now that we have the internet, schools need to evolve or get out the way30 Sep 2016 a few days ago, my good friend and writing buddy, erin, put down some good thoughts:
“We live in the time of “truthiness”, where people seem ready to simply believe that something is true, rather than investigate it. See Rush Limbaugh’s interview about feeling that urban crime is increasing despite data proving otherwise. Despite opening access to information and data to the masses, the democratization of media and information (aka the internet) also gives an equal mouthpiece to misinformation. You can find anything anywhere on the internet to back up any idea, even if it’s totally bogus.”
“All of this (combined with the rise of Trump, anti-intellectualism, and the ridiculousness that is our current news and conventional wisdom discourse) makes me think that (good) leaders can’t depend on “truth” or data at all. Perhaps they need to combine facts, history, science, trends and data along with tools like charisma, emotional narratives and a little Machiavellian strategy – or else face power that is essentially fueled by insanity.
And/or: maybe we need to focus on dialogue, discussion, argument and consensus-building in our public school system.”
i think he’s dead-on. now that the internet exists, as soon as a human has even the most basic grasp of written and verbal language (and all you need is one), that person gains access to essentially all of human knowledge (past, present, and future). you can even use the internet to get better at your language, learn other languages, and translate things from languages you don’t know into ones you do.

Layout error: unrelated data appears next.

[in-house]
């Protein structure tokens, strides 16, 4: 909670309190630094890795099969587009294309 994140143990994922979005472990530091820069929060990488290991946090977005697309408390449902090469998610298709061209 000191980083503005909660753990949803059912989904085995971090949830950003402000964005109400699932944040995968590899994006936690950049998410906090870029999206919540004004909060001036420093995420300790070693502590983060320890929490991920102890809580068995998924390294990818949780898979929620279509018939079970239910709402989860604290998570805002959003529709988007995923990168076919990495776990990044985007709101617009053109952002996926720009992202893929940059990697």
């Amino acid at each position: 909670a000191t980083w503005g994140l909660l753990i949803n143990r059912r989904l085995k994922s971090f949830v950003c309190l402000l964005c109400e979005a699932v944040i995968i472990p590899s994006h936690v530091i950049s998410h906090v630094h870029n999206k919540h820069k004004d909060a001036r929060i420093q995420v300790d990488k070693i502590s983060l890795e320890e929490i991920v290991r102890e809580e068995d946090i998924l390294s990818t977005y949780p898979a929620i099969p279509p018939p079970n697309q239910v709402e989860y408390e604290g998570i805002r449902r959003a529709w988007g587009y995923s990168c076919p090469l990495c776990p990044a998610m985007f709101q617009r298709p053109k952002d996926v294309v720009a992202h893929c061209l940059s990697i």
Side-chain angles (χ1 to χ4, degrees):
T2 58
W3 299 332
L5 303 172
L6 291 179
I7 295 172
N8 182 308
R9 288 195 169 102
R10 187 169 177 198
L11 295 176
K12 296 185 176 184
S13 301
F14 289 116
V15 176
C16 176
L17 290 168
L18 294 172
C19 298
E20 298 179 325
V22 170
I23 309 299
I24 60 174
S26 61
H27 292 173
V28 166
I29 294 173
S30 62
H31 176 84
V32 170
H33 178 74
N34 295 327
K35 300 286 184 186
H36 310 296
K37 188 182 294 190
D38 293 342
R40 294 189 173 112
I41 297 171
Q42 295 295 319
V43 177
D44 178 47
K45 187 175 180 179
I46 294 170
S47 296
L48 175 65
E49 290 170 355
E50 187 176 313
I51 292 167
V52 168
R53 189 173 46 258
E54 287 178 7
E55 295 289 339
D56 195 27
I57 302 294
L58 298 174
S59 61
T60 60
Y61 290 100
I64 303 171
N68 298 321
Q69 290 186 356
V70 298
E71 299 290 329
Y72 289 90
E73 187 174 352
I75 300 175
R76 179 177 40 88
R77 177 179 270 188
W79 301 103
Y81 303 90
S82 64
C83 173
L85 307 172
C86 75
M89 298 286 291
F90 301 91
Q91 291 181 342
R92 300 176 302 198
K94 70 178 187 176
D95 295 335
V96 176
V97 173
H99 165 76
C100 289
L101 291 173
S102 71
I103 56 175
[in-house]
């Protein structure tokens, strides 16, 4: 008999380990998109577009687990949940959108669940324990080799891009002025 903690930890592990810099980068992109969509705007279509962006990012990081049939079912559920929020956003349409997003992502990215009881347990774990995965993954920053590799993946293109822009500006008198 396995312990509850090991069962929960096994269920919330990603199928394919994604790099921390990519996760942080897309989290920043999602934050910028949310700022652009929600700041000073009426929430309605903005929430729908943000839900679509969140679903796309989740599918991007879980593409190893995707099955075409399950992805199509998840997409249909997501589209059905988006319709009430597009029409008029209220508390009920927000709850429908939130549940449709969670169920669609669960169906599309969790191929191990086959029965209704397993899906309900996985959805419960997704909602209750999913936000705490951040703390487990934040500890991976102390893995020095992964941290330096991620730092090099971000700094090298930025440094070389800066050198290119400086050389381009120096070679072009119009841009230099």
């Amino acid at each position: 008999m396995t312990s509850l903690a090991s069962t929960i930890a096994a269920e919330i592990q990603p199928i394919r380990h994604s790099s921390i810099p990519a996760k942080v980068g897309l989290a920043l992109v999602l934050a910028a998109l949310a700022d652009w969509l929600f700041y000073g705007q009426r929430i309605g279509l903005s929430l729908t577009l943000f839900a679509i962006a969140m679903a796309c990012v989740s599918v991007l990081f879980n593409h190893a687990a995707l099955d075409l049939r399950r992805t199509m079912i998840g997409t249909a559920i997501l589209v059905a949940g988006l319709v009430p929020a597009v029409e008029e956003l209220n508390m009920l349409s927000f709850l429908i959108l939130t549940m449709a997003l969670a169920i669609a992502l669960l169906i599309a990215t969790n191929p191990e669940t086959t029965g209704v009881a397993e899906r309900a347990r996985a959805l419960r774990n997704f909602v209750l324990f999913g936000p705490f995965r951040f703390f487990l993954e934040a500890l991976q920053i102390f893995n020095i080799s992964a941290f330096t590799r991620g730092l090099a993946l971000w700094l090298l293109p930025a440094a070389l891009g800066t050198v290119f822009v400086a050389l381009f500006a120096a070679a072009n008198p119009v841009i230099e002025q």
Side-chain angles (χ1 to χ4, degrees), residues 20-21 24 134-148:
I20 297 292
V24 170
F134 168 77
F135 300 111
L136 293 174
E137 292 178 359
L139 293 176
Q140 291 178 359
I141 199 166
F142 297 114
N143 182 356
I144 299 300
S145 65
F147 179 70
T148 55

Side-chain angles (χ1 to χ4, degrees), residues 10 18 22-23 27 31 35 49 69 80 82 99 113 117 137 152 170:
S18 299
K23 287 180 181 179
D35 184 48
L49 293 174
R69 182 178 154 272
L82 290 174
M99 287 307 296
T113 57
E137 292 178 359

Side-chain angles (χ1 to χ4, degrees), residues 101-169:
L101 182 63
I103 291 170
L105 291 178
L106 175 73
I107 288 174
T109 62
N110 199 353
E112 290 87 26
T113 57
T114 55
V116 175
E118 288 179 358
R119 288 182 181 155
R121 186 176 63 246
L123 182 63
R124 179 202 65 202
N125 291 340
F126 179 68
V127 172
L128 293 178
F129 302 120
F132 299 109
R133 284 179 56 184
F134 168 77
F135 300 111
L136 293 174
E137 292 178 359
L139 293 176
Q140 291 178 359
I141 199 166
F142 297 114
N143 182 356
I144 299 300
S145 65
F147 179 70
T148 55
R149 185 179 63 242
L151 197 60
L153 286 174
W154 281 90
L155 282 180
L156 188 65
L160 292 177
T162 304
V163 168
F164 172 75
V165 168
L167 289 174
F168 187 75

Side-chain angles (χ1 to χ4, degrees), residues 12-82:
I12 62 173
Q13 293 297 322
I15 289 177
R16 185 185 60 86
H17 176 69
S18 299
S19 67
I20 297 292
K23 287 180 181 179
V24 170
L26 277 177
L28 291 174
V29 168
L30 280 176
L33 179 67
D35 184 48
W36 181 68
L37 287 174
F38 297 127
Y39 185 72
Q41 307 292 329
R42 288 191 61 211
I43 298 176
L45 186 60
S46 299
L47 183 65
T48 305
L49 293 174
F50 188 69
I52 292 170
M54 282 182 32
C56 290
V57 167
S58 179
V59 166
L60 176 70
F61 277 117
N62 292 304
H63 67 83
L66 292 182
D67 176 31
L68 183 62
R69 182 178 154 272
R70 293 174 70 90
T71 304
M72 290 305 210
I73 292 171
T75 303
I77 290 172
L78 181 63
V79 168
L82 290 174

given that reality, schools as hubs of knowledge and information transfer is outdated. the education field has been wrestling with this for a while and many people talk about it (there’s a whole series of ted talks on it).
that said, public and private schools have massive physical capital and that doesn’t have to go to waste. so what are schools still good for?
as erin put it, school are places to learn and practice dialogue, discussion, argument, and consensus-building. group settings are still the only places where we can really learn and practice those things. of course there are whole fields of research that have to do with communication, but reading and writing will never replace the ability to have a face-to-face conversation with someone. in fact, some people (sherry turkle, for one) have posited that over-emphasis on virtual and digital communication actually undermines empathy and the ability to have meaningful, face-to-face conversation where we really and genuinely listen to each other.
so. schools need to shift focus or get out of the way. when students “have problems focusing” maybe it’s less because they’re broken students and more because they know how much time they’re wasting listening to someone “teach” them something they already knew or could look up in ten seconds on their smartphone.